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  1. #1
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    newbie dismount question

    sorry if this has been talked to death, but i didn't find much on the search.

    my specific question about running dismounts is: who, after swinging your right leg around/over the bike, keeps their left foot clipped in until the last moment?

    as in, you're coasting, both legs are on the left side of the bike, and you're preparing to start running with your right foot first (which is presumably between you and the bike and in front of your left foot) and as you take your first step with your right foot simultaneously unclip your left?

    i hope this makes sense? i've been practicing my mounts and dismounts and this seems easier to me than unclipping both feet and resting my left foot on the pedal before i swing my right leg over the bike...but i don't know if this is only easy now that i'm cruising along taking my time and could end up causing some faceplants on race day?

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    I never unclip the left foot prematurely. You'd be surprised how quickly you can unclip that left foot when you realize that you're about to hit that barrier at 15+ mph. That being said, I have personally crashed into, and taken out a triple barrier (feeble pvc pipe) during a race because I could not unclip in time, which I attribute to a lack of attention and bad timing.

    I think you're much more stable with your left foot clipped in -- especially if the course is slick. Clipless pedals, metal cleats, stiff soles -- not a lot of friction holding your foot on that pedal. Plus, if the course is bumpy (and when isn't it?) you could easily be knocked off that left pedal while swinging your right leg over.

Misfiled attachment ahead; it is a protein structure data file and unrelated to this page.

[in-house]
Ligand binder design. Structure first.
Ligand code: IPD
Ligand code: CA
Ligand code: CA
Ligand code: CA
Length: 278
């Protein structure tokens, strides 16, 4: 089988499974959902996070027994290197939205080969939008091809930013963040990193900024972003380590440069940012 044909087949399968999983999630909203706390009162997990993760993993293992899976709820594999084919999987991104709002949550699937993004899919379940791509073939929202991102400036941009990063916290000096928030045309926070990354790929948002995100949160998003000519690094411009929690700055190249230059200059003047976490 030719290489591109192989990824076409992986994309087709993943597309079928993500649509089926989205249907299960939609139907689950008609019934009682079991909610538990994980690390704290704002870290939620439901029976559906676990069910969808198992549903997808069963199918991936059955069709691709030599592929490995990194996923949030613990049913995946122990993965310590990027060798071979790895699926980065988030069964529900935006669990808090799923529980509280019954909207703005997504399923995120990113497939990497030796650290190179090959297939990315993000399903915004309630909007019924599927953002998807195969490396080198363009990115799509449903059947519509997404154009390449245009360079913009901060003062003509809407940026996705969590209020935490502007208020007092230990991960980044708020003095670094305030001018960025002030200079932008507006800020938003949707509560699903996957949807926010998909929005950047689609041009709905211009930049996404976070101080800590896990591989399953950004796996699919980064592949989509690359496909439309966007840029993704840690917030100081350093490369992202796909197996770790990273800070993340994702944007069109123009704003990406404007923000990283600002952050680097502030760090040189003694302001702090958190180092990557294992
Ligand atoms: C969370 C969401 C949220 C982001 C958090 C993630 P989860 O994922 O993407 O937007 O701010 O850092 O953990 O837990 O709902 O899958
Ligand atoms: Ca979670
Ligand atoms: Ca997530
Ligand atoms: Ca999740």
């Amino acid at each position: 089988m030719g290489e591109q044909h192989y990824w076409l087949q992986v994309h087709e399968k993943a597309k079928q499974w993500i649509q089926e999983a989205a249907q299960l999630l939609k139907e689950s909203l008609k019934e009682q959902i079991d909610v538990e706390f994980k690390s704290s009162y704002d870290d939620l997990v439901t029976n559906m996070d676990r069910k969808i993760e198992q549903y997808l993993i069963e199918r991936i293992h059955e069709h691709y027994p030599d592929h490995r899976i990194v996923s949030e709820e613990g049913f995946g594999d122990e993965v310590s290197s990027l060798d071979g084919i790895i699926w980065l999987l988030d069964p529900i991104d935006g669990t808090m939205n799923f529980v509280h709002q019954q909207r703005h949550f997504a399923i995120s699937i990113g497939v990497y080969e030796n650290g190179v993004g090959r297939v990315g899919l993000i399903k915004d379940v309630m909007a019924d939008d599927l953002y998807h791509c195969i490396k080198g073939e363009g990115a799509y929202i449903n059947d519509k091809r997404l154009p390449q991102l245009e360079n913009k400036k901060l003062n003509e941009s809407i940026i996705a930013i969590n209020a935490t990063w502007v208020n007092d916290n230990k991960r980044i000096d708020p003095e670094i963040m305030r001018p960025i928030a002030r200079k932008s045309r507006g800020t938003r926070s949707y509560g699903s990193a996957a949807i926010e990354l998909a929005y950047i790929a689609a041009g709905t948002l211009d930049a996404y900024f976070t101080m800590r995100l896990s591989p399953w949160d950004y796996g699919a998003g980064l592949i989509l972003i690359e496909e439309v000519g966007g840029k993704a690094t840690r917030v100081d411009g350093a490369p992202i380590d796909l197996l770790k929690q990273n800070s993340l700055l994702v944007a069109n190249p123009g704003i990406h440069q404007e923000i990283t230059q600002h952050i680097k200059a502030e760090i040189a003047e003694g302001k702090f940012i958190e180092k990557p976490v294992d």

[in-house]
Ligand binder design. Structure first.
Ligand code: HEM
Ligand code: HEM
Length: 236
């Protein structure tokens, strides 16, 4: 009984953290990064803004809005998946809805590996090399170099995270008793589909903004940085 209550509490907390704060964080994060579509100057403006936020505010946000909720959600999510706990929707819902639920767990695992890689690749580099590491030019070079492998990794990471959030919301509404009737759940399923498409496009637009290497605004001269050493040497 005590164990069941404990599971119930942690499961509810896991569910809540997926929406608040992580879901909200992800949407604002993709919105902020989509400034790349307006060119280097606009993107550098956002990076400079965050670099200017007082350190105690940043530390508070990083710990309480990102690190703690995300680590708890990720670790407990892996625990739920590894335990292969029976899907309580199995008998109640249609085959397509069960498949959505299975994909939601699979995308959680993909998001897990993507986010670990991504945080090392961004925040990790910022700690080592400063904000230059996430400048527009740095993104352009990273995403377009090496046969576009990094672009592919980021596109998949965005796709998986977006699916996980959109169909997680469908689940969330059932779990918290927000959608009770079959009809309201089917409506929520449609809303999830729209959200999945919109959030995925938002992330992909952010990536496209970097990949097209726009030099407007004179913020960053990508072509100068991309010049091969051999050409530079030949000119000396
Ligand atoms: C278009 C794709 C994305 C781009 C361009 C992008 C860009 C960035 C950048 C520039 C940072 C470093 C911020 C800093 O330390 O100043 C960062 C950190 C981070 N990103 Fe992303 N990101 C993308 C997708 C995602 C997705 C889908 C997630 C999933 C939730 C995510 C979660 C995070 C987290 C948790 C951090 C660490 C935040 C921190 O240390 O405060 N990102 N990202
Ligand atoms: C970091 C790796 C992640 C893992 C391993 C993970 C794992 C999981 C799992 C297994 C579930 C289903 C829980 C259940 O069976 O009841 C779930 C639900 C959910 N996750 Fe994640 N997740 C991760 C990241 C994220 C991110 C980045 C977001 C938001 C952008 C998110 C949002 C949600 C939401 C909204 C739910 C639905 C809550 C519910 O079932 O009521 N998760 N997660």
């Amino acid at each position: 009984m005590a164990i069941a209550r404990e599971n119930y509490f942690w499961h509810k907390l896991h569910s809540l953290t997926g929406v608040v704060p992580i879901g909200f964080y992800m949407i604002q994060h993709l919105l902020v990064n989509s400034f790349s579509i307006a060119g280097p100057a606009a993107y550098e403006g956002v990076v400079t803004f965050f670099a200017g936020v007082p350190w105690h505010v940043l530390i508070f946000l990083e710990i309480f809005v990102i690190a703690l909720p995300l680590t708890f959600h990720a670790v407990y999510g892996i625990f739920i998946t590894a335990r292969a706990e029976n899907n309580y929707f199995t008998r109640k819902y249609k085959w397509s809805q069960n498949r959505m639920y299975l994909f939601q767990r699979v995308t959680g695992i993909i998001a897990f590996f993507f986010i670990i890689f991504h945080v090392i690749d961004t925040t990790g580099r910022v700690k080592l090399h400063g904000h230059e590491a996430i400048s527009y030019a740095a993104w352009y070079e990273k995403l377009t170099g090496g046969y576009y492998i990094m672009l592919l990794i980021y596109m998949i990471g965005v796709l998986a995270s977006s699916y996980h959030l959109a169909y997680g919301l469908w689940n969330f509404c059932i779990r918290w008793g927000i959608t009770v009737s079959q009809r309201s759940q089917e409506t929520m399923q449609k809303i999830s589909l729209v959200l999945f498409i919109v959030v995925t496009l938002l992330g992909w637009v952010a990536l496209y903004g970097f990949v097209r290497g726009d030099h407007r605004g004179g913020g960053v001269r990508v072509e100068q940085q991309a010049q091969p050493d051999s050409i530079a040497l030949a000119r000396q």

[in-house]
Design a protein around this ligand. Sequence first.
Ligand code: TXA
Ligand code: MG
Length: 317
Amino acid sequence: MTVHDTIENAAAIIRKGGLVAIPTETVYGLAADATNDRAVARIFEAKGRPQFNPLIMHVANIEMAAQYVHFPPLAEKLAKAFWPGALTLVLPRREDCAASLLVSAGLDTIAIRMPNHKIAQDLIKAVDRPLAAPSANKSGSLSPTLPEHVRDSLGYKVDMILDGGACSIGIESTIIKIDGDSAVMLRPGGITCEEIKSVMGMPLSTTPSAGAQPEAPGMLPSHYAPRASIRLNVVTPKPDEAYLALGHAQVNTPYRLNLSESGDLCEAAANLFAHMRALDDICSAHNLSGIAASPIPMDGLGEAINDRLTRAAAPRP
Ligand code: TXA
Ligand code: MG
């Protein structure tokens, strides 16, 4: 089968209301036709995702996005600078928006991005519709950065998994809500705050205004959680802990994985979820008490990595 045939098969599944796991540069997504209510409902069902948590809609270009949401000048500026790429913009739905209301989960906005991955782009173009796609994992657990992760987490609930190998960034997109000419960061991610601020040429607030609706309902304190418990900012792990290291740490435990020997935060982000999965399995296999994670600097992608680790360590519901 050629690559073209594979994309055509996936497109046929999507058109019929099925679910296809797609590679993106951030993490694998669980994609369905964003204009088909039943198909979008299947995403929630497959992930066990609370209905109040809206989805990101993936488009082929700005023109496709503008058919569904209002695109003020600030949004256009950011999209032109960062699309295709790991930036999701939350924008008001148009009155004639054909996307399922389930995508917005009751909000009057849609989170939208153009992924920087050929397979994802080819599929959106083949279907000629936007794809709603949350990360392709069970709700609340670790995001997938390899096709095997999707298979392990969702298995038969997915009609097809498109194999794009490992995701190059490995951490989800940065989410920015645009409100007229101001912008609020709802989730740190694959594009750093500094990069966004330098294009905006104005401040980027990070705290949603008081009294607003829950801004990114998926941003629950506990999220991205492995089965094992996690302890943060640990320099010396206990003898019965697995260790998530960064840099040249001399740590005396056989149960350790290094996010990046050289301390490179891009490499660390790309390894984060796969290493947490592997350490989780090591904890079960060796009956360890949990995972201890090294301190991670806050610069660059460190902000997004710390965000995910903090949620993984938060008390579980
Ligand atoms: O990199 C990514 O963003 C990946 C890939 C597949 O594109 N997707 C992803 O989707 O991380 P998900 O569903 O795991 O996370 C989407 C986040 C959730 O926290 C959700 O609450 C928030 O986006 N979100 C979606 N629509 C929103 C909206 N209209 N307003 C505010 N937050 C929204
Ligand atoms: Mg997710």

It just doesn't seem like a good idea.

  3. #3
    +++++++++++++++ xccx's Avatar
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    Quote Originally Posted by danimal
    sorry if this has been talked to death, but i didn't find much on the search.

    my specific question about running dismounts is: who, after swinging your right leg around/over the bike, keeps their left foot clipped in until the last moment?
    i do. this is how it's done!

  4. #4
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    I say stay clipped in. I also say keep your cleats and pedals in good shape and lubricated. The action of taking that step with the left after planting the right foot will pull you clear.
    These pedals are wunnafull tings.

    If you are slow or unsure give yourself an extra stride before the barrier, it's faster to dismount with speed and confidence and run an extra step than to dismount slowly and save a step.

    Ron

  5. #5
    Senior Member JimmyMack's Avatar
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    Quote Originally Posted by danimal

    my specific question about running dismounts is: who, after swinging your right leg around/over the bike, keeps their left foot clipped in until the last moment?
    True that!! Stay clipped in for the reasons that Lunacycle mentioned. I try and go for an "eject" unclip. Make the unclipping a stong motion, and it will feel less unatural. It try and feel myself escape the bike.

  6. #6
    Tiocfáidh ár Lá jfmckenna's Avatar
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    The proper way is to unclip. If you go to any cross clinic they will teach you this. Having said that I don't unclip till the last second and have never had a problem - yet. The proper way is to unclip though and it's probably a good idea to start doing it especially if you are new to cross.

  7. #7
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    Quote Originally Posted by jfmckenna